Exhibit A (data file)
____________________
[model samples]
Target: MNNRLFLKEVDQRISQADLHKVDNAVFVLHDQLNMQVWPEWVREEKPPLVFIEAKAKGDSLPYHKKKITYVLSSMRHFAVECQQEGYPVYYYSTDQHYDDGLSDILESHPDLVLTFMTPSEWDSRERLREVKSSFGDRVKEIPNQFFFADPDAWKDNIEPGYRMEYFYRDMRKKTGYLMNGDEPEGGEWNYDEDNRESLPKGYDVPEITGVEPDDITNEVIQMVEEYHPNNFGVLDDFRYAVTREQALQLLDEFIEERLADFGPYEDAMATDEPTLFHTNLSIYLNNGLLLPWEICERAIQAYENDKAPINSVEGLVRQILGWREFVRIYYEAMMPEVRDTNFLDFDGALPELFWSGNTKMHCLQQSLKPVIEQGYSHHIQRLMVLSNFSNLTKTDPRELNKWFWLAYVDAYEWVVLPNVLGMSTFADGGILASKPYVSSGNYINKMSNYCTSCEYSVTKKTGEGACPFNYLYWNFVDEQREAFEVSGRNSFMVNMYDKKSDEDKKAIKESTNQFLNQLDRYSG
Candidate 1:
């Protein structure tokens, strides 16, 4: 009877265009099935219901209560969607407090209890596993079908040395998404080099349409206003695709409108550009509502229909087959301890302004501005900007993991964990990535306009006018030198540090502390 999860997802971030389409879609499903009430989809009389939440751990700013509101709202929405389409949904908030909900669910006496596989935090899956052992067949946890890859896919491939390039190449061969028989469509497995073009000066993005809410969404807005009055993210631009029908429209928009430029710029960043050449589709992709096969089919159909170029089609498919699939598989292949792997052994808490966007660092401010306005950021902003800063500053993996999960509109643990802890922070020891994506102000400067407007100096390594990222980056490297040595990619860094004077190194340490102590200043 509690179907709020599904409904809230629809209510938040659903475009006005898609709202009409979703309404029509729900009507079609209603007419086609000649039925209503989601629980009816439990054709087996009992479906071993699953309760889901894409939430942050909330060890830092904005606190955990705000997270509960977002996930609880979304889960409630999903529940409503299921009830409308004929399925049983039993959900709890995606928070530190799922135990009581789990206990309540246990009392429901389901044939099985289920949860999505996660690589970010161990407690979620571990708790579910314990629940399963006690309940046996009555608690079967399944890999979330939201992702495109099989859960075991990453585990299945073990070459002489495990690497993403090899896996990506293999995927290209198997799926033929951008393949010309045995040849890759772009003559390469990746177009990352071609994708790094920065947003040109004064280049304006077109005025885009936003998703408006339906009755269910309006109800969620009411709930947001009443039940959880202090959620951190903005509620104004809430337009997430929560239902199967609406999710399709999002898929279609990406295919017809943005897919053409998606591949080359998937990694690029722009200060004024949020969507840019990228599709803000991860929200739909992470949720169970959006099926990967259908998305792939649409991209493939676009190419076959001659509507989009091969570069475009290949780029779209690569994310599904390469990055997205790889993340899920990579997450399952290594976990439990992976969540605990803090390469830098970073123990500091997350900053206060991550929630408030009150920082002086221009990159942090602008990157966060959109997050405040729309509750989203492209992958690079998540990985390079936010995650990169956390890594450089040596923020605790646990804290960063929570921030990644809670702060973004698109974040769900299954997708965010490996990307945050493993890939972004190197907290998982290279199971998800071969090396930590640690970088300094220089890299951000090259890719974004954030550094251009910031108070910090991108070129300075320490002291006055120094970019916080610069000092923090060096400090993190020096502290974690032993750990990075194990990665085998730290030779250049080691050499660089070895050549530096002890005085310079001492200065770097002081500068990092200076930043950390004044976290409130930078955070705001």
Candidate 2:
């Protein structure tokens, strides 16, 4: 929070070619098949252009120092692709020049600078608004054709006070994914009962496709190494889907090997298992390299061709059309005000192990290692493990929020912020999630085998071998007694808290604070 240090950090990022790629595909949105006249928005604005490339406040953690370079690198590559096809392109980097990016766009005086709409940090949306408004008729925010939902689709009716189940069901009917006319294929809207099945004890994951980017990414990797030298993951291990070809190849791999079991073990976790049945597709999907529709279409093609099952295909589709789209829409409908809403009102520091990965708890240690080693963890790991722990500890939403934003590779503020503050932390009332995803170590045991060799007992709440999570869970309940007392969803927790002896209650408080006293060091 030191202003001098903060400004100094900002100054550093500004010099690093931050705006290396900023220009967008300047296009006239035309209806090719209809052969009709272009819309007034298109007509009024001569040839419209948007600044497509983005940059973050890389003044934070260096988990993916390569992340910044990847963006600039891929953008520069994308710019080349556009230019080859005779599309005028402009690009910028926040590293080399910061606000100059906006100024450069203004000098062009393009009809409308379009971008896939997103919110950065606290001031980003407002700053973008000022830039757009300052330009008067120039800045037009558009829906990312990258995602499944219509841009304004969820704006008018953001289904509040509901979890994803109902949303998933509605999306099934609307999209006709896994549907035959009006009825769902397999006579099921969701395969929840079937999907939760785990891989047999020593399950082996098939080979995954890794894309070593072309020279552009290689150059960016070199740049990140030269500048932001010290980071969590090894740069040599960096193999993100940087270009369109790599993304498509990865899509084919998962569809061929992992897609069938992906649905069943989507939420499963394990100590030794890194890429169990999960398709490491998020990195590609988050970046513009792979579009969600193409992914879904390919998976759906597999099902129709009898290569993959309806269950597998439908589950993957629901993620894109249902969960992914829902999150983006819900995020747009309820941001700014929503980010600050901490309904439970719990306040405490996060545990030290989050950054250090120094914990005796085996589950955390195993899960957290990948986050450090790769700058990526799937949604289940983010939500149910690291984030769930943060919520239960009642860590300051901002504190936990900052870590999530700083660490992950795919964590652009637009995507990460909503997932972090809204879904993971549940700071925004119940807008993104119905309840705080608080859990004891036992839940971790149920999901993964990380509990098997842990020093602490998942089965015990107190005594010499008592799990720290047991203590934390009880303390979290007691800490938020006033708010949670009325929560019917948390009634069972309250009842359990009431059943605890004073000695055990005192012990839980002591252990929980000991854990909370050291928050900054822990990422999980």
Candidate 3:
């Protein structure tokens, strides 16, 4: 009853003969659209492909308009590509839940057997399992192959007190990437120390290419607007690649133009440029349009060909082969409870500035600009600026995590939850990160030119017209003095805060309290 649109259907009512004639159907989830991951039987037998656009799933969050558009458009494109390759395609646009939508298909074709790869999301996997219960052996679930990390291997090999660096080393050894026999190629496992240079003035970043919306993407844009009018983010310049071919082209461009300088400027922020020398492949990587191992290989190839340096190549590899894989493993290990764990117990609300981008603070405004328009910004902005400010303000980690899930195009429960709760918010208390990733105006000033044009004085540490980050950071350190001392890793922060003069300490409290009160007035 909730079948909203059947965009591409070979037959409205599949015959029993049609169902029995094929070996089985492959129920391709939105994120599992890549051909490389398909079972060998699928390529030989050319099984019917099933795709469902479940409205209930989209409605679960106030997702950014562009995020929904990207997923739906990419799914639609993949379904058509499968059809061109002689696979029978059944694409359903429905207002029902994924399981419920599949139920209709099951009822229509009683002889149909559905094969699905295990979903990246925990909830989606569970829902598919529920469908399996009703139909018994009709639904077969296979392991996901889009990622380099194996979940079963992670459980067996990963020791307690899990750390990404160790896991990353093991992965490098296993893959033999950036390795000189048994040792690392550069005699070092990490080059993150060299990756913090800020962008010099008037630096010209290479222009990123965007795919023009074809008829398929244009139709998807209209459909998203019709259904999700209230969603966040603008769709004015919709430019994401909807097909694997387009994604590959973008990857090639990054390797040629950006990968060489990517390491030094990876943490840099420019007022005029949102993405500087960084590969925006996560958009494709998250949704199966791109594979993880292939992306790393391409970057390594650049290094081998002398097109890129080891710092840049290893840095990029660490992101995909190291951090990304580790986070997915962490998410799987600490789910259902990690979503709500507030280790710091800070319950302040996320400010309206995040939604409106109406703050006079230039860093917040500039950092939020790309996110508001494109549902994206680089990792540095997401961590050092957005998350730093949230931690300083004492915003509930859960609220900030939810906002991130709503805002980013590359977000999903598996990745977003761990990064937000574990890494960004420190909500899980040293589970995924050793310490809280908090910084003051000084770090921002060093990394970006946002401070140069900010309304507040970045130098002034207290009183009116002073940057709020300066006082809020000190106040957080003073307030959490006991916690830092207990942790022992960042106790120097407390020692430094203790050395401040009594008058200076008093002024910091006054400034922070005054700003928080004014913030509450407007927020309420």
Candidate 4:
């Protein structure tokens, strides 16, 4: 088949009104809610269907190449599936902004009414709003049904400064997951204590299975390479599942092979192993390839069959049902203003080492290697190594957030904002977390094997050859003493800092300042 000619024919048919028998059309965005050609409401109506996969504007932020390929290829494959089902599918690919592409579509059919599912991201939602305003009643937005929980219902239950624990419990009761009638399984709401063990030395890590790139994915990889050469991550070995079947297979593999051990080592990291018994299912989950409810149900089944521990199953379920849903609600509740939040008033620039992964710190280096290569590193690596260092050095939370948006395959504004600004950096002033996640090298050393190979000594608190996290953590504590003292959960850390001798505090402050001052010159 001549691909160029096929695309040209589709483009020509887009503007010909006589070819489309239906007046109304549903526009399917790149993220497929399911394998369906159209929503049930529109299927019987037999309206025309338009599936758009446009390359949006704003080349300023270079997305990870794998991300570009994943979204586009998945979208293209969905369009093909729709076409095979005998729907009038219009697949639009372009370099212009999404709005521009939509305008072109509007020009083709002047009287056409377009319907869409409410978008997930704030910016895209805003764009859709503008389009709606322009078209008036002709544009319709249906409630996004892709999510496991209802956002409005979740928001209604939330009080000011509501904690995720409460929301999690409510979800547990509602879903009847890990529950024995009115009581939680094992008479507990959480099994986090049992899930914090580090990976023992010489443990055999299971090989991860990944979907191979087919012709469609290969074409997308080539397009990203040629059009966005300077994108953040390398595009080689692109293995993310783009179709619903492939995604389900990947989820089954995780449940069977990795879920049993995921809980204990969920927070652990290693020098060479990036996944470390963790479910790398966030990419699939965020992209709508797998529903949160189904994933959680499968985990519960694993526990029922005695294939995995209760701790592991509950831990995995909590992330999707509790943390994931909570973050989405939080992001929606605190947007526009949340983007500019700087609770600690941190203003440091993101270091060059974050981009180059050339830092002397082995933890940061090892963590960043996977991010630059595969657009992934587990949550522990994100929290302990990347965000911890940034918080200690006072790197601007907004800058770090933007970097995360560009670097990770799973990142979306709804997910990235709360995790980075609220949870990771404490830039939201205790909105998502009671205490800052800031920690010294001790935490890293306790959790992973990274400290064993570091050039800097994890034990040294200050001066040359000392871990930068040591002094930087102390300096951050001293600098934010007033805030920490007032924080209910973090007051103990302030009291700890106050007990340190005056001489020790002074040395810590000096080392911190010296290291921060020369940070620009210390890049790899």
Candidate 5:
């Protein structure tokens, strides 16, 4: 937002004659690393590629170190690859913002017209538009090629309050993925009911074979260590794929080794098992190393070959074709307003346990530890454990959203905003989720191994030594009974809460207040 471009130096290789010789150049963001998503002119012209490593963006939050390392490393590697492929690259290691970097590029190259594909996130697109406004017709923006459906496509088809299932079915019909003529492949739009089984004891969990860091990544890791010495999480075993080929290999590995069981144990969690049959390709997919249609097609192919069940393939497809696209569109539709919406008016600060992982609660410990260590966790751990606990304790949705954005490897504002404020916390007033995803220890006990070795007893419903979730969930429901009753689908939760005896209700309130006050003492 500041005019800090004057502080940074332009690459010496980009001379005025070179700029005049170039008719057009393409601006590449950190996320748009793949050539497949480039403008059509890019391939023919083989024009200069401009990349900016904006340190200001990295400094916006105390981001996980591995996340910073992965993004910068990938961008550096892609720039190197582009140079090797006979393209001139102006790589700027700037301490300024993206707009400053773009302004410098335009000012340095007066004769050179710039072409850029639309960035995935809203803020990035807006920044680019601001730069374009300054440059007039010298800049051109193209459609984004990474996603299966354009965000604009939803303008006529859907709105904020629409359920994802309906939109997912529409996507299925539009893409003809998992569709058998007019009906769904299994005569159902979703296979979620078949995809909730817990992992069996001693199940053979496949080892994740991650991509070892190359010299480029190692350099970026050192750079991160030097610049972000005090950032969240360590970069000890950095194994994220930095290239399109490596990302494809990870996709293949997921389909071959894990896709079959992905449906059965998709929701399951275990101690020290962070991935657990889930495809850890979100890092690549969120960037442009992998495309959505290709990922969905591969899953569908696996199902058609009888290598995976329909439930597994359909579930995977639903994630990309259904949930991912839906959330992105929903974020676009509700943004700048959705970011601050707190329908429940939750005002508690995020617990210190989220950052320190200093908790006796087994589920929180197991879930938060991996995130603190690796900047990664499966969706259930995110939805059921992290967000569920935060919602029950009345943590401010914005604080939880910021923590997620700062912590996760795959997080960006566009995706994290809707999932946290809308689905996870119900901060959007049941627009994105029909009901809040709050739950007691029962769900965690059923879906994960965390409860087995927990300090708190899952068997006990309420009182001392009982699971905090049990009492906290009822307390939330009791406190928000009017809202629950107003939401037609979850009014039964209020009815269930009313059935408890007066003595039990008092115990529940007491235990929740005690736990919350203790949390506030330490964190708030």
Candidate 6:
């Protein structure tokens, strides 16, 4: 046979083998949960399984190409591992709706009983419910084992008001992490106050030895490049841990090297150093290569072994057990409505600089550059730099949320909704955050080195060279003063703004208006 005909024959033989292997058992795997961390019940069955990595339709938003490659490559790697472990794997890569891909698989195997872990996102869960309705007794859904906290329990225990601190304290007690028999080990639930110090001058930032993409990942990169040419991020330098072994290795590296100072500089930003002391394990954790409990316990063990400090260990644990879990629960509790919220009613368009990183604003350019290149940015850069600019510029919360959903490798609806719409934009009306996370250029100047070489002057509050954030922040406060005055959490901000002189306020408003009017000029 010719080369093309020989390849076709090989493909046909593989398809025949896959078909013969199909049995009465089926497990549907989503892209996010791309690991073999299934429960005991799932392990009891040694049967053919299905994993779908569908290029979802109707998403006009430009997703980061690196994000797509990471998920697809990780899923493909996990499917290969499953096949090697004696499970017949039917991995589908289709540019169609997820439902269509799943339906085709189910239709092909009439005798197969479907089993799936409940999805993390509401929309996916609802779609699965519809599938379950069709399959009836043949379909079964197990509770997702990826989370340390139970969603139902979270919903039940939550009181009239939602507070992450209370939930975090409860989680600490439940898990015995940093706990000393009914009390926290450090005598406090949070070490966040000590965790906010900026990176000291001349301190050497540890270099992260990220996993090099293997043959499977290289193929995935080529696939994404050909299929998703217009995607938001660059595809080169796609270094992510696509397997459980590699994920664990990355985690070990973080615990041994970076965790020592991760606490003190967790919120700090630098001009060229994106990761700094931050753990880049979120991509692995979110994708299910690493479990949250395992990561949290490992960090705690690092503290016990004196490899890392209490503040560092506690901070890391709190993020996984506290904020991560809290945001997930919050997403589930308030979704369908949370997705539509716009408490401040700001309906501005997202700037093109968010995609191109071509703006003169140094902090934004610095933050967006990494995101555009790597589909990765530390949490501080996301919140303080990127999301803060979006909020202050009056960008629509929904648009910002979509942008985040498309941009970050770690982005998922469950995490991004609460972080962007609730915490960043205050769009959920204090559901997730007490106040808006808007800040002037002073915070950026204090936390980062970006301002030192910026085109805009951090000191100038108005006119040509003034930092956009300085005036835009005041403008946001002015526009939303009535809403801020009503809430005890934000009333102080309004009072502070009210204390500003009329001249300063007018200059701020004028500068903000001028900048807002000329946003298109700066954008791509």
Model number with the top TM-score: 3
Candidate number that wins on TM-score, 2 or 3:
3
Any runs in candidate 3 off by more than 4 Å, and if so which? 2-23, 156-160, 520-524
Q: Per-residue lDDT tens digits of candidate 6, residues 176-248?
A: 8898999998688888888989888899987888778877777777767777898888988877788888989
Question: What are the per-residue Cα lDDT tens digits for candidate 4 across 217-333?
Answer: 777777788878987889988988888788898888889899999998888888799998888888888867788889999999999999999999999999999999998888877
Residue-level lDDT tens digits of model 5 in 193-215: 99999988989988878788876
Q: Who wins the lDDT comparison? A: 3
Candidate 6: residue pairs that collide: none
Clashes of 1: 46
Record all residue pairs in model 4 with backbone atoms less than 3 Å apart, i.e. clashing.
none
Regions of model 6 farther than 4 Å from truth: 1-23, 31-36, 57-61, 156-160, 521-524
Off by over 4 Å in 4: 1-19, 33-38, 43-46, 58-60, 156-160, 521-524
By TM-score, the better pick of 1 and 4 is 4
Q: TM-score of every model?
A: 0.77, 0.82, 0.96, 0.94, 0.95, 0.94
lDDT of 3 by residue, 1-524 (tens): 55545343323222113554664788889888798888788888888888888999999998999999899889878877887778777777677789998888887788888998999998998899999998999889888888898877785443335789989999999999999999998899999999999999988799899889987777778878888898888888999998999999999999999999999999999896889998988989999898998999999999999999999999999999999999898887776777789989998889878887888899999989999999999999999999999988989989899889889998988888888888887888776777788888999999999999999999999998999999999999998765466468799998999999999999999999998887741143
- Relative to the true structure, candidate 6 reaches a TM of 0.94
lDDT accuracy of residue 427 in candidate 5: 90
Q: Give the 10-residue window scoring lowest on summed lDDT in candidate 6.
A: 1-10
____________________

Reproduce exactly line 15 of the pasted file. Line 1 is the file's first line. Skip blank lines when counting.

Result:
Model number with the top TM-score: 3